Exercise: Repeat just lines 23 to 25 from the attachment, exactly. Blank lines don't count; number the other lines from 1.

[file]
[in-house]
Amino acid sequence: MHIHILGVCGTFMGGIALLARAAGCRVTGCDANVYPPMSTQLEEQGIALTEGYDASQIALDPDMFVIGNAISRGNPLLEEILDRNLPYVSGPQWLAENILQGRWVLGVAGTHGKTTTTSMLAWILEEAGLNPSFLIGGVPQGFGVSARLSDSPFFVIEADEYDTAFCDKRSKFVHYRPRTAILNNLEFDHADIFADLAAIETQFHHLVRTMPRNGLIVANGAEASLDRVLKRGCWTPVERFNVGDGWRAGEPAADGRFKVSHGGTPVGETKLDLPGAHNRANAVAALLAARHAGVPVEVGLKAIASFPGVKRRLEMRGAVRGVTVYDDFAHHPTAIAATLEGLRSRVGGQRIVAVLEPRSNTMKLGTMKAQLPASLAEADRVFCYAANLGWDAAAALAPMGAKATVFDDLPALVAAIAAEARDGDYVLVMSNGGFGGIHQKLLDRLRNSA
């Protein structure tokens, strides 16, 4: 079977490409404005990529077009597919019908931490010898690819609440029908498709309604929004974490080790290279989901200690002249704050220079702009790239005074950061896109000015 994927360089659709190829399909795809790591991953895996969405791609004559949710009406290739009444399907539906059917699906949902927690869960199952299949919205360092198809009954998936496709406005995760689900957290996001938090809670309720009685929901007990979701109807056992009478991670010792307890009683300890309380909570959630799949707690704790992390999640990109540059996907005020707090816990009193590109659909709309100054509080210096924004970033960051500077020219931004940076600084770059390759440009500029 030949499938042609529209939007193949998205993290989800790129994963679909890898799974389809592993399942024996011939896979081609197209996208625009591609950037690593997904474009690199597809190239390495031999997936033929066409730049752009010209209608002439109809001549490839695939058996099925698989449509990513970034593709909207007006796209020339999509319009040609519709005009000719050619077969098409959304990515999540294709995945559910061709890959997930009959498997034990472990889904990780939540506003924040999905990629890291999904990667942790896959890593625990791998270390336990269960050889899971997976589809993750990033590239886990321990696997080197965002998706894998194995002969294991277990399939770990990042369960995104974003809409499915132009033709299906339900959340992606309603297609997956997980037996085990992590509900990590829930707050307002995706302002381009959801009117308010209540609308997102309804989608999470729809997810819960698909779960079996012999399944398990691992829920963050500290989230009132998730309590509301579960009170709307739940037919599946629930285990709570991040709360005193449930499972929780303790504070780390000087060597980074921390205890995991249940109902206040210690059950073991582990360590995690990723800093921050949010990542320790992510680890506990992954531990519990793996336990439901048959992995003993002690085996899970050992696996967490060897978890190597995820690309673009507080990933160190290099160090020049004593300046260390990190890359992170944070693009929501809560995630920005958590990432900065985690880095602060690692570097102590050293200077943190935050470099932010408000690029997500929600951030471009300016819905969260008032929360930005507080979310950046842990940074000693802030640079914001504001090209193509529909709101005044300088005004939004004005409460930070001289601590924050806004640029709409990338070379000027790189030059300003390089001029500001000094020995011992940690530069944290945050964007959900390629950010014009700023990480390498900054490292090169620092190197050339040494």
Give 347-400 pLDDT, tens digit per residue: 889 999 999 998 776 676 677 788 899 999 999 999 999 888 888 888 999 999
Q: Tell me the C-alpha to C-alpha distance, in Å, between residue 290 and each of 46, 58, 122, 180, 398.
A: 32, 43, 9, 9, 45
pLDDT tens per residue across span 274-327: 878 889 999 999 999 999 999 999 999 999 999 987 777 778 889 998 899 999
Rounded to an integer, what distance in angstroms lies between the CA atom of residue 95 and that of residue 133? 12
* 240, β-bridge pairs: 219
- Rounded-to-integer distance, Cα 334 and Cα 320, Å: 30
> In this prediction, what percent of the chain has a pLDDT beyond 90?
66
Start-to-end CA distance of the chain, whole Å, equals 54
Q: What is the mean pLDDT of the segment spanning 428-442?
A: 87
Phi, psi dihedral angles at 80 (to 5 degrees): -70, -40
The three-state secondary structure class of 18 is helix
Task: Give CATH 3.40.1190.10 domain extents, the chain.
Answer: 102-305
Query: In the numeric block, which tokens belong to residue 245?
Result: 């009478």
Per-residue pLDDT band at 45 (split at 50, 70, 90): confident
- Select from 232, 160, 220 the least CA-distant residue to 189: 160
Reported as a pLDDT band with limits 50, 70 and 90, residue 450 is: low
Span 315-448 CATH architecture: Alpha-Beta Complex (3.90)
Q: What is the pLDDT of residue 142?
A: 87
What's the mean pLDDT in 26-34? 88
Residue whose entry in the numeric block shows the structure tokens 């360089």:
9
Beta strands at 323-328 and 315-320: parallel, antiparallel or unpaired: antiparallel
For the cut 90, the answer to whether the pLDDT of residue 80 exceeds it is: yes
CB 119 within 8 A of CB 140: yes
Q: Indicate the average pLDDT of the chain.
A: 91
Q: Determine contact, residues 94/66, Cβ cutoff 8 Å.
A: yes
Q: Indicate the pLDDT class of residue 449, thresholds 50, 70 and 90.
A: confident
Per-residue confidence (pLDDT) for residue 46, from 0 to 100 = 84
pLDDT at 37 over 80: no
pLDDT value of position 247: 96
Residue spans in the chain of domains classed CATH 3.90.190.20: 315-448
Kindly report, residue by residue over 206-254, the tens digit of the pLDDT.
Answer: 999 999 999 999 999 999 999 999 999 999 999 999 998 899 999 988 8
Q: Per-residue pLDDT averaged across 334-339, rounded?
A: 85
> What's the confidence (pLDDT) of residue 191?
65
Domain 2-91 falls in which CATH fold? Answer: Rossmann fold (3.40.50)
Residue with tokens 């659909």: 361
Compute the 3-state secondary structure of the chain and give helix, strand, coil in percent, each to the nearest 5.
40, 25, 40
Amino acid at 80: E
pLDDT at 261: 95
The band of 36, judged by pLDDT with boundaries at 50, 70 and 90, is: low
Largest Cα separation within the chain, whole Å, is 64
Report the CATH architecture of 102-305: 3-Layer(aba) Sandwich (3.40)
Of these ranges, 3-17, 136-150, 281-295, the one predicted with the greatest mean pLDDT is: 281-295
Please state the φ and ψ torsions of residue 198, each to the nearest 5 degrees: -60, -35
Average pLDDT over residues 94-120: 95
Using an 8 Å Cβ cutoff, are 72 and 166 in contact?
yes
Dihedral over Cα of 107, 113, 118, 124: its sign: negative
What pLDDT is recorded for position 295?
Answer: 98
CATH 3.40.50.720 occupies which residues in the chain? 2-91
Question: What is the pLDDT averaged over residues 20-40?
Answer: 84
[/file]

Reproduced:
- Select from 232, 160, 220 the least CA-distant residue to 189: 160
Reported as a pLDDT band with limits 50, 70 and 90, residue 450 is: low
Span 315-448 CATH architecture: Alpha-Beta Complex (3.90)